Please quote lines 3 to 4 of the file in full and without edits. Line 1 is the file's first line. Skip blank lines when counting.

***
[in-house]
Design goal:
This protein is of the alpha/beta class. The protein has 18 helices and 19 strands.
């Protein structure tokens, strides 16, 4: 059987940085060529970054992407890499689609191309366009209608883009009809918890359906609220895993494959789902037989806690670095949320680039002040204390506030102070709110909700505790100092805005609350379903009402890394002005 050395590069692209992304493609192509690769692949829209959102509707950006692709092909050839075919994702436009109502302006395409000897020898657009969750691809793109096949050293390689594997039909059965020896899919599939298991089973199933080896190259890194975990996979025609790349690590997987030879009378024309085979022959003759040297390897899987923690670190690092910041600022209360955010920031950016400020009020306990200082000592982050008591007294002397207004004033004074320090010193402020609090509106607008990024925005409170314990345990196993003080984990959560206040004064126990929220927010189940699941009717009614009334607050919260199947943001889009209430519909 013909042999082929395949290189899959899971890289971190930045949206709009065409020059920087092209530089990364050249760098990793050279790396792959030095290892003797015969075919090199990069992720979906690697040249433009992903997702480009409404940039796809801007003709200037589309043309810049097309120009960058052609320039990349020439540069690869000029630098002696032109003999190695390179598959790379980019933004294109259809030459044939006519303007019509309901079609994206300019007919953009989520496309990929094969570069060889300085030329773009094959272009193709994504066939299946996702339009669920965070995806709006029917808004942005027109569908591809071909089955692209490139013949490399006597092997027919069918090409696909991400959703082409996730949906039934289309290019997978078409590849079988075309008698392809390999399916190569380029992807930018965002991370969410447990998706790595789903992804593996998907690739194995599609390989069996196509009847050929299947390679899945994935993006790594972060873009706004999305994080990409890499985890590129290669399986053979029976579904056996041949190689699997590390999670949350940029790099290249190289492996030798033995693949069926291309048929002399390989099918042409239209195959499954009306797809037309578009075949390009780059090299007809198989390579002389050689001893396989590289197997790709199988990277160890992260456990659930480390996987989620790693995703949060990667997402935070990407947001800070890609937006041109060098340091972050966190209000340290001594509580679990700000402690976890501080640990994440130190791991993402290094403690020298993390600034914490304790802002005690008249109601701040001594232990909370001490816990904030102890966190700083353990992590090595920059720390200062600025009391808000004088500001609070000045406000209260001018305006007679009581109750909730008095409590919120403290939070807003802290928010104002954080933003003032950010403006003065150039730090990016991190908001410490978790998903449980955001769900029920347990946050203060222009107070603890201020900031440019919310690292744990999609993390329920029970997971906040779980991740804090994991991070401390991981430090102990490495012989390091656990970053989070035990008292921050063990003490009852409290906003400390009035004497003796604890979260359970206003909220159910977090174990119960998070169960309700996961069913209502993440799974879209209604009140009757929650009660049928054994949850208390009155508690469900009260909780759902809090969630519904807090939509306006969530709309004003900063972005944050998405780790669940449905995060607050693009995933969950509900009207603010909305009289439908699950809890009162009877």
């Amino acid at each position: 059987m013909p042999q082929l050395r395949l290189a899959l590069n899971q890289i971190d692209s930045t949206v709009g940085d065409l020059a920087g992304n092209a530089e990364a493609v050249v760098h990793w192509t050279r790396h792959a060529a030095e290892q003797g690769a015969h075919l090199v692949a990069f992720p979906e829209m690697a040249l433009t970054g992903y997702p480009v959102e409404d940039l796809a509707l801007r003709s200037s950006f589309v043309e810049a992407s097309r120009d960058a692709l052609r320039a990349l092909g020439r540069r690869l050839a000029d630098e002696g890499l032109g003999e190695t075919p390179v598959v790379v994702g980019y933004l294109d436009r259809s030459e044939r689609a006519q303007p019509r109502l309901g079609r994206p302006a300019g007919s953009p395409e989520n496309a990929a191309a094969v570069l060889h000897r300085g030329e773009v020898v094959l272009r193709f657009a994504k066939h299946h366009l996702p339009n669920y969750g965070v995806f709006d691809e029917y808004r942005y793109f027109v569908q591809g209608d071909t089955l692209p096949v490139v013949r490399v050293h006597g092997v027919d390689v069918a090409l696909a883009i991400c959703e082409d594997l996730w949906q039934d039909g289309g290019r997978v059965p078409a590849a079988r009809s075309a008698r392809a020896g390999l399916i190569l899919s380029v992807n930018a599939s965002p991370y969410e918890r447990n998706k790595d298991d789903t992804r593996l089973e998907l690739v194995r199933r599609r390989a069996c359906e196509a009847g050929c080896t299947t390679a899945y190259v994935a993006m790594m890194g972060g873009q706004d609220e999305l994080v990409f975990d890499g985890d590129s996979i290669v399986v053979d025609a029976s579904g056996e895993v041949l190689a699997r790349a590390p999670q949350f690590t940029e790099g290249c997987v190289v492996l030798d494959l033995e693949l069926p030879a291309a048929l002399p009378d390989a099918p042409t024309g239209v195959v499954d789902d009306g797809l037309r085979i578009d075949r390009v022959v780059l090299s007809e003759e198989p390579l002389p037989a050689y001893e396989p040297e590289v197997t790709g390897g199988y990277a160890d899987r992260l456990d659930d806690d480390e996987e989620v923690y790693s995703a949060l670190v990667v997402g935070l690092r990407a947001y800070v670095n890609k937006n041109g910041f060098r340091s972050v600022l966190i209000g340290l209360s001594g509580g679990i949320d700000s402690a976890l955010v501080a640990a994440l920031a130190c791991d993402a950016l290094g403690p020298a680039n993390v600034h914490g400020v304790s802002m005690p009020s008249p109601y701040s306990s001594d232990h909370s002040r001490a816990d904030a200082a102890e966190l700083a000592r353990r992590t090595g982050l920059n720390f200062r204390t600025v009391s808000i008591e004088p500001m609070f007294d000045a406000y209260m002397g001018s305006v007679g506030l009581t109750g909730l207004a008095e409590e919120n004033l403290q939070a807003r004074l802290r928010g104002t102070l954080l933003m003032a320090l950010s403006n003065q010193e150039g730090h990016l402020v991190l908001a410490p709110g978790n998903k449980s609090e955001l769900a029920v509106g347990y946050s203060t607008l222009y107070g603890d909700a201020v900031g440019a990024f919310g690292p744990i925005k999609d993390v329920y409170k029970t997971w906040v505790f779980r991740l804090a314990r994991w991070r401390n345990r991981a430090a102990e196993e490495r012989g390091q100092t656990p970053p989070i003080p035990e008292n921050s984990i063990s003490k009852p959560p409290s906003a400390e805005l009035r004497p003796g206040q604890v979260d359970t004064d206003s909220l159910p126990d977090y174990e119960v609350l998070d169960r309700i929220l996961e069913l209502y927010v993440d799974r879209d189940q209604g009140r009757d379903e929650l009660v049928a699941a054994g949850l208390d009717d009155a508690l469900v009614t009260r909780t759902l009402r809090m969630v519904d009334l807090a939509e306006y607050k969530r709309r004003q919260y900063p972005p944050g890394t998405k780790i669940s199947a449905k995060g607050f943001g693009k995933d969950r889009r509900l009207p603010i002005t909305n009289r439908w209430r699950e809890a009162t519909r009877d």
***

This protein is of the alpha/beta class. The protein has 18 helices and 19 strands.
């Protein structure tokens, strides 16, 4: 059987940085060529970054992407890499689609191309366009209608883009009809918890359906609220895993494959789902037989806690670095949320680039002040204390506030102070709110909700505790100092805005609350379903009402890394002005 050395590069692209992304493609192509690769692949829209959102509707950006692709092909050839075919994702436009109502302006395409000897020898657009969750691809793109096949050293390689594997039909059965020896899919599939298991089973199933080896190259890194975990996979025609790349690590997987030879009378024309085979022959003759040297390897899987923690670190690092910041600022209360955010920031950016400020009020306990200082000592982050008591007294002397207004004033004074320090010193402020609090509106607008990024925005409170314990345990196993003080984990959560206040004064126990929220927010189940699941009717009614009334607050919260199947943001889009209430519909 013909042999082929395949290189899959899971890289971190930045949206709009065409020059920087092209530089990364050249760098990793050279790396792959030095290892003797015969075919090199990069992720979906690697040249433009992903997702480009409404940039796809801007003709200037589309043309810049097309120009960058052609320039990349020439540069690869000029630098002696032109003999190695390179598959790379980019933004294109259809030459044939006519303007019509309901079609994206300019007919953009989520496309990929094969570069060889300085030329773009094959272009193709994504066939299946996702339009669920965070995806709006029917808004942005027109569908591809071909089955692209490139013949490399006597092997027919069918090409696909991400959703082409996730949906039934289309290019997978078409590849079988075309008698392809390999399916190569380029992807930018965002991370969410447990998706790595789903992804593996998907690739194995599609390989069996196509009847050929299947390679899945994935993006790594972060873009706004999305994080990409890499985890590129290669399986053979029976579904056996041949190689699997590390999670949350940029790099290249190289492996030798033995693949069926291309048929002399390989099918042409239209195959499954009306797809037309578009075949390009780059090299007809198989390579002389050689001893396989590289197997790709199988990277160890992260456990659930480390996987989620790693995703949060990667997402935070990407947001800070890609937006041109060098340091972050966190209000340290001594509580679990700000402690976890501080640990994440130190791991993402290094403690020298993390600034914490304790802002005690008249109601701040001594232990909370001490816990904030102890966190700083353990992590090595920059720390200062600025009391808000004088500001609070000045406000209260001018305006007679009581109750909730008095409590919120403290939070807003802290928010104002954080933003003032950010403006003065150039730090990016991190908001410490978790998903449980955001769900029920347990946050203060222009107070603890201020900031440019919310690292744990999609993390329920029970997971906040779980991740804090994991991070401390991981430090102990490495012989390091656990970053989070035990008292921050063990003490009852409290906003400390009035004497003796604890979260359970206003909220159910977090174990119960998070169960309700996961069913209502993440799974879209209604009140009757929650009660049928054994949850208390009155508690469900009260909780759902809090969630519904807090939509306006969530709309004003900063972005944050998405780790669940449905995060607050693009995933969950509900009207603010909305009289439908699950809890009162009877």